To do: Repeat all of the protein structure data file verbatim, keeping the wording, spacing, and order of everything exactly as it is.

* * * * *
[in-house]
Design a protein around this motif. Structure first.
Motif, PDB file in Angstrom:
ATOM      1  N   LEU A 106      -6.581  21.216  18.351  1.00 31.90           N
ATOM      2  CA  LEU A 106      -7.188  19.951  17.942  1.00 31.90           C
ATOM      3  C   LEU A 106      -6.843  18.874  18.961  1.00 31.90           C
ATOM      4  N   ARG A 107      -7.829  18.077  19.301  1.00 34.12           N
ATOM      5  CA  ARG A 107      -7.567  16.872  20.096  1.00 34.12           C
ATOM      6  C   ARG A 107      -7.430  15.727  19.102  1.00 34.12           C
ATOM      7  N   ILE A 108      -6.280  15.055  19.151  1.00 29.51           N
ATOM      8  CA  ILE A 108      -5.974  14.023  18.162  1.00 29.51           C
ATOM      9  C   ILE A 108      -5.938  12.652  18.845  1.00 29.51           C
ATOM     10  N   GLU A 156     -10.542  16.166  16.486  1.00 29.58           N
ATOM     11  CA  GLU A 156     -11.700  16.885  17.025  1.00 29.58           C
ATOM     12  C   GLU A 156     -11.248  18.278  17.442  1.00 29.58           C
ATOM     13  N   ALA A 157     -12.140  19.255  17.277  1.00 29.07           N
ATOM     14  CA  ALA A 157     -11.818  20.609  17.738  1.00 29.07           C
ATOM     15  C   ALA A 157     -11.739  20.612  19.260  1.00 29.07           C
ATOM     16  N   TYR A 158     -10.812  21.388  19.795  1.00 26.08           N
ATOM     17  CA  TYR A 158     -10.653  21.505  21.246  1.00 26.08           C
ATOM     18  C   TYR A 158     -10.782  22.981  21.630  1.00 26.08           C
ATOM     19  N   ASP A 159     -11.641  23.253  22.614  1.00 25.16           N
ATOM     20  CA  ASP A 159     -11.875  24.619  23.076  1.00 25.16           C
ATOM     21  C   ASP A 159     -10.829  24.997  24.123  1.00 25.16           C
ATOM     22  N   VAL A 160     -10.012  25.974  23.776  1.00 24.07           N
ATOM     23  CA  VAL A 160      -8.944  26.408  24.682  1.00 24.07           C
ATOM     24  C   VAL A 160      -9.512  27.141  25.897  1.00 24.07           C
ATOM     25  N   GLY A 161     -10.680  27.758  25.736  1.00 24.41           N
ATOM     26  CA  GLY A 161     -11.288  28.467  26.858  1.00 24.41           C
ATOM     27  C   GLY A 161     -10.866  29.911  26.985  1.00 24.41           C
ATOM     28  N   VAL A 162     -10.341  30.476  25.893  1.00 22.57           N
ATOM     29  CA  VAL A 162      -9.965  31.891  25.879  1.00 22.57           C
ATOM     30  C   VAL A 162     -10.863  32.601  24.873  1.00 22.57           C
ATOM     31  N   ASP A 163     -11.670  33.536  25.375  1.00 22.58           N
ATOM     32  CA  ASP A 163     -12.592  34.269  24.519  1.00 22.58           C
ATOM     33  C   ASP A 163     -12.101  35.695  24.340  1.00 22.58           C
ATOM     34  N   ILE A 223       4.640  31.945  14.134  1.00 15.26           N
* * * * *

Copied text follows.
[in-house]
Design a protein around this motif. Structure first.
Motif, PDB file in Angstrom:
ATOM      1  N   LEU A 106      -6.581  21.216  18.351  1.00 31.90           N
ATOM      2  CA  LEU A 106      -7.188  19.951  17.942  1.00 31.90           C
ATOM      3  C   LEU A 106      -6.843  18.874  18.961  1.00 31.90           C
ATOM      4  N   ARG A 107      -7.829  18.077  19.301  1.00 34.12           N
ATOM      5  CA  ARG A 107      -7.567  16.872  20.096  1.00 34.12           C
ATOM      6  C   ARG A 107      -7.430  15.727  19.102  1.00 34.12           C
ATOM      7  N   ILE A 108      -6.280  15.055  19.151  1.00 29.51           N
ATOM      8  CA  ILE A 108      -5.974  14.023  18.162  1.00 29.51           C
ATOM      9  C   ILE A 108      -5.938  12.652  18.845  1.00 29.51           C
ATOM     10  N   GLU A 156     -10.542  16.166  16.486  1.00 29.58           N
ATOM     11  CA  GLU A 156     -11.700  16.885  17.025  1.00 29.58           C
ATOM     12  C   GLU A 156     -11.248  18.278  17.442  1.00 29.58           C
ATOM     13  N   ALA A 157     -12.140  19.255  17.277  1.00 29.07           N
ATOM     14  CA  ALA A 157     -11.818  20.609  17.738  1.00 29.07           C
ATOM     15  C   ALA A 157     -11.739  20.612  19.260  1.00 29.07           C
ATOM     16  N   TYR A 158     -10.812  21.388  19.795  1.00 26.08           N
ATOM     17  CA  TYR A 158     -10.653  21.505  21.246  1.00 26.08           C
ATOM     18  C   TYR A 158     -10.782  22.981  21.630  1.00 26.08           C
ATOM     19  N   ASP A 159     -11.641  23.253  22.614  1.00 25.16           N
ATOM     20  CA  ASP A 159     -11.875  24.619  23.076  1.00 25.16           C
ATOM     21  C   ASP A 159     -10.829  24.997  24.123  1.00 25.16           C
ATOM     22  N   VAL A 160     -10.012  25.974  23.776  1.00 24.07           N
ATOM     23  CA  VAL A 160      -8.944  26.408  24.682  1.00 24.07           C
ATOM     24  C   VAL A 160      -9.512  27.141  25.897  1.00 24.07           C
ATOM     25  N   GLY A 161     -10.680  27.758  25.736  1.00 24.41           N
ATOM     26  CA  GLY A 161     -11.288  28.467  26.858  1.00 24.41           C
ATOM     27  C   GLY A 161     -10.866  29.911  26.985  1.00 24.41           C
ATOM     28  N   VAL A 162     -10.341  30.476  25.893  1.00 22.57           N
ATOM     29  CA  VAL A 162      -9.965  31.891  25.879  1.00 22.57           C
ATOM     30  C   VAL A 162     -10.863  32.601  24.873  1.00 22.57           C
ATOM     31  N   ASP A 163     -11.670  33.536  25.375  1.00 22.58           N
ATOM     32  CA  ASP A 163     -12.592  34.269  24.519  1.00 22.58           C
ATOM     33  C   ASP A 163     -12.101  35.695  24.340  1.00 22.58           C
ATOM     34  N   ILE A 223       4.640  31.945  14.134  1.00 15.26           N